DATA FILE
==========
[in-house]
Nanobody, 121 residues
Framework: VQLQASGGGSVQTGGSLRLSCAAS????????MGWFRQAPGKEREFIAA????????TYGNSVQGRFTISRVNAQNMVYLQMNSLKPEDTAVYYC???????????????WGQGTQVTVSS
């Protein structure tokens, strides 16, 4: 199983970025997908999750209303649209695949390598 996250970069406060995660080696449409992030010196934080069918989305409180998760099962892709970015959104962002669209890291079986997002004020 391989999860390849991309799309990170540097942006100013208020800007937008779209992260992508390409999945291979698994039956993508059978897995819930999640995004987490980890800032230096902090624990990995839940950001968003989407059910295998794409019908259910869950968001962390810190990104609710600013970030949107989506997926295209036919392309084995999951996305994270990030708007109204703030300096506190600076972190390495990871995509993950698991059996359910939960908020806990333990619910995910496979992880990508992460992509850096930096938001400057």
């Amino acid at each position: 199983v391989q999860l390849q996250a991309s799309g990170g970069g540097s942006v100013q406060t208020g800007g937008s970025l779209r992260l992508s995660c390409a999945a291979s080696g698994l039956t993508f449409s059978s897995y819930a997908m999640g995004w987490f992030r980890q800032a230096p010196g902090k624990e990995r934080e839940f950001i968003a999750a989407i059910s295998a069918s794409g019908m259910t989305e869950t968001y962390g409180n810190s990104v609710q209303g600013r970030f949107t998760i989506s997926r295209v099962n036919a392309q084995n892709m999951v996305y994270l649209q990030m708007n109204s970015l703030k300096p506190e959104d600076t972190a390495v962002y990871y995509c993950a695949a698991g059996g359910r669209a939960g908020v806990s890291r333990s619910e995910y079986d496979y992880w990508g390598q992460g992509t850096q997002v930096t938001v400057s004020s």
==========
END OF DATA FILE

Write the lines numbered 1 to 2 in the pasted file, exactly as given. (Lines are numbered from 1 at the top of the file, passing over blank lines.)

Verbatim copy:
[in-house]
Nanobody, 121 residues